Seawell Elementary School
Lands and Waters South has been working with Seawell Elementary School in Chapel Hill since 2014. In 2016, we were awarded an Honorable Mention from the Greater Triangle Stewardship Development Awards Program for "examplary water quality protection, vegetation protection & enhancement, and community outreach and education." We were honored to receive this distinction and look forward to continuing our work at Seawell.
Water Catchment at Seawell
Thanks to The Jandy Ammons Foundation, the Captain Planet Foundation, and Lowes Toolbox for Education for providing the funding for a water catchment system at Seawell, and to NC State Coopertive Extension and Chapel Hill-Carrboro City Schools for partnering with us on it!
A 200-square foot rain garden collects stormwater runoff from two downspouts off the roof of a building at Seawell. The garden is sized to collect all of the rain that falls during a 1" storm. Before the garden was created, runoff flowed down a hill in front of the building, eroding the hill. Now, the plants and soil in the garden absorb and clean the runoff, filtering out pollutants. Any runoff that might leave the garden reaches a storm drain at the base of the hill at a much slower rate than before, which helps prevent Bolin Creek from being eroded.
Stormwater runoff that once flooded buildings at Seawell now flows off of the roof into four cisterns that can hold a total of 2,000 gallons of water, which is the amount they collect in a 1" storm. Harvested water is used for watering animals in the school's critter corner and for irrigation. Overflow is sent to a three-foot deep gravel infiltration trench, which allows the water to slowly percolate back into the ground or slowly reach a storm drain that will send it to Bolin Creek. By slowing the water's flow, we protect the creek from being eroded and provide the hot rooftop water time to cool down, thereby protecting aquatic life sensitive to temperature increases in the creek.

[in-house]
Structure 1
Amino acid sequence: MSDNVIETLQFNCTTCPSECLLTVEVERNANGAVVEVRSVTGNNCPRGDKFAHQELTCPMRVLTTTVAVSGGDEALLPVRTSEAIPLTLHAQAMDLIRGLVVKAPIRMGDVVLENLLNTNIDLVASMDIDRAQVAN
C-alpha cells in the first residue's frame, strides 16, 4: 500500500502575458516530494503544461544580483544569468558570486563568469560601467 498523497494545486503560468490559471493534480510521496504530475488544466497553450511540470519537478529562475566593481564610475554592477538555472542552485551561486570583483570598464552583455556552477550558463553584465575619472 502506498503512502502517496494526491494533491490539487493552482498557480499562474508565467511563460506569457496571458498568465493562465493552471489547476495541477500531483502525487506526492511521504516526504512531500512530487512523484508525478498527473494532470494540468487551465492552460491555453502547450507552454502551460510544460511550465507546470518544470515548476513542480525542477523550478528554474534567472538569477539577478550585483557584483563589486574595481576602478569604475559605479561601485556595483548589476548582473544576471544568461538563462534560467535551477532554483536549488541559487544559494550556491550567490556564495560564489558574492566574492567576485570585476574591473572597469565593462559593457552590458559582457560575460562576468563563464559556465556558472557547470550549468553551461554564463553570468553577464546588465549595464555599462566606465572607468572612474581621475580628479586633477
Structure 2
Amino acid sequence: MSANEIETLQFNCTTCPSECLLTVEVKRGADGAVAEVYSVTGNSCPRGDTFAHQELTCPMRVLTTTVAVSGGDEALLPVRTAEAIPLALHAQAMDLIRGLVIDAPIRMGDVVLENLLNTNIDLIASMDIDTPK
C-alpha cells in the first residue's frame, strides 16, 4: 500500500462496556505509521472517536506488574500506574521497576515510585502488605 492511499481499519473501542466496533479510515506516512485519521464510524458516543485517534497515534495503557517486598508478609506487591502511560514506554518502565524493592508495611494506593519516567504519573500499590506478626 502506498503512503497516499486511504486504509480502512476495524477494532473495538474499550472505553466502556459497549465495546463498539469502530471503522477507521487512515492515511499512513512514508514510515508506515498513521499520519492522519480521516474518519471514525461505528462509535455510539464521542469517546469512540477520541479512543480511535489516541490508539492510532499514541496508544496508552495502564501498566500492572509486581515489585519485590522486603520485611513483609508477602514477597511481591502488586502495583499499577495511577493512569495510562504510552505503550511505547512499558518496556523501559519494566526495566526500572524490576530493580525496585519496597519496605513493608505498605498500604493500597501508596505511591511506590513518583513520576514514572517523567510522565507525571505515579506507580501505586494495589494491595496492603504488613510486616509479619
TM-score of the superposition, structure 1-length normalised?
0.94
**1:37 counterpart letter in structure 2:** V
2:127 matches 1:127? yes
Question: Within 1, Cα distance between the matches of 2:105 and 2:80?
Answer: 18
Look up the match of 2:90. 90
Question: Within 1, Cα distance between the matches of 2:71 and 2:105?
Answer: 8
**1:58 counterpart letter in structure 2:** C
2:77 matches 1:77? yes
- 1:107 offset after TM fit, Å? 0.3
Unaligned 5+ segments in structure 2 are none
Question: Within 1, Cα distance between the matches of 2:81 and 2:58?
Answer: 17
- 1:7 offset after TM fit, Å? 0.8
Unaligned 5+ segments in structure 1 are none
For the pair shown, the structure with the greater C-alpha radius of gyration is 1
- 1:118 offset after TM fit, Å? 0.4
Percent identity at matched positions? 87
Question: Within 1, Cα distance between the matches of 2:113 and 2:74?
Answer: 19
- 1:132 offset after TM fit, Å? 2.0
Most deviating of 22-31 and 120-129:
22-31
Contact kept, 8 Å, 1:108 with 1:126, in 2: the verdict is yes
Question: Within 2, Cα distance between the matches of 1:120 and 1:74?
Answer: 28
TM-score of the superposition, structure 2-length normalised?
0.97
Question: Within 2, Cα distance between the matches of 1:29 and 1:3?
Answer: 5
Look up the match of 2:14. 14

To ensure students understood the purpose of the project, classes received hands-on lessons on topics including habitats, ecosystems, migration, watersheds, stormwater runoff, and seed dispersal. They then planted species native to the Piedmont along the infiltration trench and in and around the rain garden. These native plants provide habitat for wildlife (particularly pollinators like bees and butterflies) and prevent soil erosion. Students and parents also worked together to create murals on the four cisterns, each with a different habitat theme. Classes have begun to use the area as a “living laboratory" for everything from studying insects to learning about the Fibonacci sequence.
Stabilizing Hills at Seawell
Thanks to Orange Soil and Water and Chapel Hill-Carrboro City Schools for providing the funding for a project to stabilize a badly eroded hill at Seawell, and thanks to students from Carrboro High School who braved the cold to help us plant!
285 linear feet of mulch-filled coir logs create terraces on this badly eroded hill. Wood chips cover the soil, adding a layer of protection from rainwater. Native bunch grasses like little bluestem (Schizachyrium scoparium) and muhly grass (Muhlenbergia capillaris) planted throughout the hill will reproduce and spread over time. The plants' roots, which stretch down considerably farther than turf grass, will hold the hill's soil in place as the coir logs biodegrade.